The Art of Adaptation

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Adapting existing games to music is not rare. It happens in educational and artistic contexts, with sound-making or with just theory. The more popular the game, the more frequently it gets its musical version, but there are also other important factors for that, like simplicity, or the in-game usage of sound-space that influences the adaptability.

Pros: Familiar rules. High-quality components available without DIY. Tried and true solutions.
Cons: High risk of a boring, over-used result. Lost opportunity for additional creative engagement. Popular ≠ good.

To the last point, indeed, games might be popular not because they're good, but because they've been around for a long time and/or due to intense marketing. Now, let's see the frequently occurring options for adaptations.

Roll-and-move games

A simple mechanic of "roll dice — move that many spots — do what it says where you land" is probably the most popular for musical adaptation. Even here at the wiki, we have a Goose game with cues from all around the site.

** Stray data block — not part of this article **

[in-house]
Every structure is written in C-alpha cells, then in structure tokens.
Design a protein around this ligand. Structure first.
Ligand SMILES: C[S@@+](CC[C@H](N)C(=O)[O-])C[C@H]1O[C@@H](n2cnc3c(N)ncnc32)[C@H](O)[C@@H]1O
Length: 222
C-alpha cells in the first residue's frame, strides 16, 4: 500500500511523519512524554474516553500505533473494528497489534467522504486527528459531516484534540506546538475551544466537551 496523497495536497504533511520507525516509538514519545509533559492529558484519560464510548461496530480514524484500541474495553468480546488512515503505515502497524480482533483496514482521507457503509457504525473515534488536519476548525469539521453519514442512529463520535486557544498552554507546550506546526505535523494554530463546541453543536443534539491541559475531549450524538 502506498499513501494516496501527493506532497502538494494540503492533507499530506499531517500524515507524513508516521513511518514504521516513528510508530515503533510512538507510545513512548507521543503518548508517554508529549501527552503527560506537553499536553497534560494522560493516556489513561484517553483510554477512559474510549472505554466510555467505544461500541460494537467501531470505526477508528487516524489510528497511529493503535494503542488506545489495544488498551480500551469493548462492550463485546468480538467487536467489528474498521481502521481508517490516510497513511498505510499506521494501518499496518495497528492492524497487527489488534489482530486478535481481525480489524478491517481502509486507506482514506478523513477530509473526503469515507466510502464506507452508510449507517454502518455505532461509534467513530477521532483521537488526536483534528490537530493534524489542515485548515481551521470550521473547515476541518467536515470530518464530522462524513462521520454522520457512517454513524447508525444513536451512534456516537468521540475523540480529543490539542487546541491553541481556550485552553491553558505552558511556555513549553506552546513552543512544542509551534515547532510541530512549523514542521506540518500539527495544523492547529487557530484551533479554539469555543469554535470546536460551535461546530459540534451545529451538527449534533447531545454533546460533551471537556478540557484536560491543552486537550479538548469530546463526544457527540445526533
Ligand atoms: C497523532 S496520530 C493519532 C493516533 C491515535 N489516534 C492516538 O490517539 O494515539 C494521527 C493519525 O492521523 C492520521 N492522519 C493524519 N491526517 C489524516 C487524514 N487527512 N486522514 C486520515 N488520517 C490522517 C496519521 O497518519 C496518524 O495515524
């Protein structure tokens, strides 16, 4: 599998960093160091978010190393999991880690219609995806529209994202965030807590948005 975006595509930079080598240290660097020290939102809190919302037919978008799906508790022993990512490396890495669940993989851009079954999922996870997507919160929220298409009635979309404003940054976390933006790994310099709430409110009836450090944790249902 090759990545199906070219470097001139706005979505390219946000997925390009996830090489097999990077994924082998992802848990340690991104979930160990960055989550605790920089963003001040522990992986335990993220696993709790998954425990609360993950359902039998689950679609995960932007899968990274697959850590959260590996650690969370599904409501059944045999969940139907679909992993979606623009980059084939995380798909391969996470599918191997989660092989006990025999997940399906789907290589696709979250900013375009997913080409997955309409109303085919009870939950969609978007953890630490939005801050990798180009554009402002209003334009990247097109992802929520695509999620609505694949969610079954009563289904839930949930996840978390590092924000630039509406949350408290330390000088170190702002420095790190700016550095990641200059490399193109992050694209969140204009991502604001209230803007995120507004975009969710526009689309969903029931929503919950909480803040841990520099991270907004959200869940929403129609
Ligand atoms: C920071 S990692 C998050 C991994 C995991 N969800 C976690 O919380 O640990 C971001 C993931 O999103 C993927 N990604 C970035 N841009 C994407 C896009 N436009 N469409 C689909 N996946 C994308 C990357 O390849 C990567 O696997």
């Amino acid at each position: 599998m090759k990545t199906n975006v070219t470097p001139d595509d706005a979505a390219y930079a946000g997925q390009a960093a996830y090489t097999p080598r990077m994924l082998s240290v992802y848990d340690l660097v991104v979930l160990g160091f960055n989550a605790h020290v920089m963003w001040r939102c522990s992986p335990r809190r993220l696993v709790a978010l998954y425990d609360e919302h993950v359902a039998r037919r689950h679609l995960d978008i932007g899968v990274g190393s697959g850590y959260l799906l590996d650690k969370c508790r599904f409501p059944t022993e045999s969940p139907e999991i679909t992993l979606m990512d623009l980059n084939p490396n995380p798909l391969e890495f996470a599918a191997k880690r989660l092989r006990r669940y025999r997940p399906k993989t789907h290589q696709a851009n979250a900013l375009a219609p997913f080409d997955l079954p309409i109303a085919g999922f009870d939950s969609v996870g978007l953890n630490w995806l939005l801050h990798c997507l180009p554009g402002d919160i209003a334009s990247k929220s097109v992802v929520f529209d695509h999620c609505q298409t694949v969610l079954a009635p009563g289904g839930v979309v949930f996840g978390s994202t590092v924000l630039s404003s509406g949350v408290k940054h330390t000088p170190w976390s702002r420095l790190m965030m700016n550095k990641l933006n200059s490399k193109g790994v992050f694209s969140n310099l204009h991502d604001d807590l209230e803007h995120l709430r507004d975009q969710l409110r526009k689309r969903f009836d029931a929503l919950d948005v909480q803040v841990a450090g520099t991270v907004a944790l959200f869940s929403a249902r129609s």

Chess

We will have a specific page for all matters of chess music and musical chess. But let's note that due to the game's complexity, adaptations are realized in a more advanced, artistically involved contexts, and it's not easy to do them in a broadly participatory way.

Go

A bit less internationally popular, but with much simpler rules than chess, Go has a few projects in a software-assisted realm for generating music from games. If you know of the pieces that work with live performance, please, please, edit that in.

Traditional playing cards

There are quite a few musical activities that are based on existing games with traditional playing cards, but probably there are more titles that use this prop in an originally musical way, without a connection to previous existing game. Currently on the wiki, there is one adaptation: CFSNAP!R148 (Snap! Rite) from 1969.

Bingo

A popular game in education, especially in the "American" 5x5 version, and especially for children, being a game of chance. It's usually used with terms for memorization, performance-based adaptation is possible, but naturally will have a rather linear sound result, still with no decisions from players.

Adaptations on the wiki

CFSNAP!R148 an adaptation of a card game Snap
Goose A classic dice game for musical interpertation
Parallel Tunes improvise with verbal signals from all players

Adaptations outside of the wiki

4 links here (see all).


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